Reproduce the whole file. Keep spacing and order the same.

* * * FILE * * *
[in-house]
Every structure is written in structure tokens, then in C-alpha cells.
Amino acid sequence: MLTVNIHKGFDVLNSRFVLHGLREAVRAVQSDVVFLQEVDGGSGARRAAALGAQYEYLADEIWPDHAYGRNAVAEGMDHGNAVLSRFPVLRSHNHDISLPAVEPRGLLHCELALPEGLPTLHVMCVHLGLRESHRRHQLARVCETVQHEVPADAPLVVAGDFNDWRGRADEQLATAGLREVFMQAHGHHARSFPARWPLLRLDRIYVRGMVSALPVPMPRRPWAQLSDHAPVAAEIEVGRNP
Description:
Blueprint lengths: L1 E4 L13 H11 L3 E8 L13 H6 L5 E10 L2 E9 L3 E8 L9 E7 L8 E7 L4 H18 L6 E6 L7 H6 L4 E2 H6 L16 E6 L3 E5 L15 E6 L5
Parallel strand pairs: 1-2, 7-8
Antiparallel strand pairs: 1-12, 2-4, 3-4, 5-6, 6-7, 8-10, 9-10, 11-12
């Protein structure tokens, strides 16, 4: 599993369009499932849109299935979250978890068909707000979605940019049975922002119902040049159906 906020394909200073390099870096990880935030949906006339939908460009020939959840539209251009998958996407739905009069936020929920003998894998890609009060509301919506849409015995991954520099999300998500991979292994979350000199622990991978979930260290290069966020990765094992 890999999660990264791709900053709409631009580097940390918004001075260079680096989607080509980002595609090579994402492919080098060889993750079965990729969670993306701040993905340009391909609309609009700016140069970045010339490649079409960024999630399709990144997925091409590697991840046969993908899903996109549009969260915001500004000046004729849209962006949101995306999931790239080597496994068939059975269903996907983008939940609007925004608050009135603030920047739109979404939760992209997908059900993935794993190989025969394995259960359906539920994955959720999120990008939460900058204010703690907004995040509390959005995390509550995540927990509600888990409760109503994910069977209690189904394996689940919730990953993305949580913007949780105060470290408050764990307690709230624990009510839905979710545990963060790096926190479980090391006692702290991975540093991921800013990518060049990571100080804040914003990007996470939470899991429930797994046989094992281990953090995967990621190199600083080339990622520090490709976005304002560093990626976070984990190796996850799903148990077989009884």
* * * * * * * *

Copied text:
[in-house]
Every structure is written in structure tokens, then in C-alpha cells.
Amino acid sequence: MLTVNIHKGFDVLNSRFVLHGLREAVRAVQSDVVFLQEVDGGSGARRAAALGAQYEYLADEIWPDHAYGRNAVAEGMDHGNAVLSRFPVLRSHNHDISLPAVEPRGLLHCELALPEGLPTLHVMCVHLGLRESHRRHQLARVCETVQHEVPADAPLVVAGDFNDWRGRADEQLATAGLREVFMQAHGHHARSFPARWPLLRLDRIYVRGMVSALPVPMPRRPWAQLSDHAPVAAEIEVGRNP
Description:
Blueprint lengths: L1 E4 L13 H11 L3 E8 L13 H6 L5 E10 L2 E9 L3 E8 L9 E7 L8 E7 L4 H18 L6 E6 L7 H6 L4 E2 H6 L16 E6 L3 E5 L15 E6 L5
Parallel strand pairs: 1-2, 7-8
Antiparallel strand pairs: 1-12, 2-4, 3-4, 5-6, 6-7, 8-10, 9-10, 11-12
């Protein structure tokens, strides 16, 4: 599993369009499932849109299935979250978890068909707000979605940019049975922002119902040049159906 906020394909200073390099870096990880935030949906006339939908460009020939959840539209251009998958996407739905009069936020929920003998894998890609009060509301919506849409015995991954520099999300998500991979292994979350000199622990991978979930260290290069966020990765094992 890999999660990264791709900053709409631009580097940390918004001075260079680096989607080509980002595609090579994402492919080098060889993750079965990729969670993306701040993905340009391909609309609009700016140069970045010339490649079409960024999630399709990144997925091409590697991840046969993908899903996109549009969260915001500004000046004729849209962006949101995306999931790239080597496994068939059975269903996907983008939940609007925004608050009135603030920047739109979404939760992209997908059900993935794993190989025969394995259960359906539920994955959720999120990008939460900058204010703690907004995040509390959005995390509550995540927990509600888990409760109503994910069977209690189904394996689940919730990953993305949580913007949780105060470290408050764990307690709230624990009510839905979710545990963060790096926190479980090391006692702290991975540093991921800013990518060049990571100080804040914003990007996470939470899991429930797994046989094992281990953090995967990621190199600083080339990622520090490709976005304002560093990626976070984990190796996850799903148990077989009884």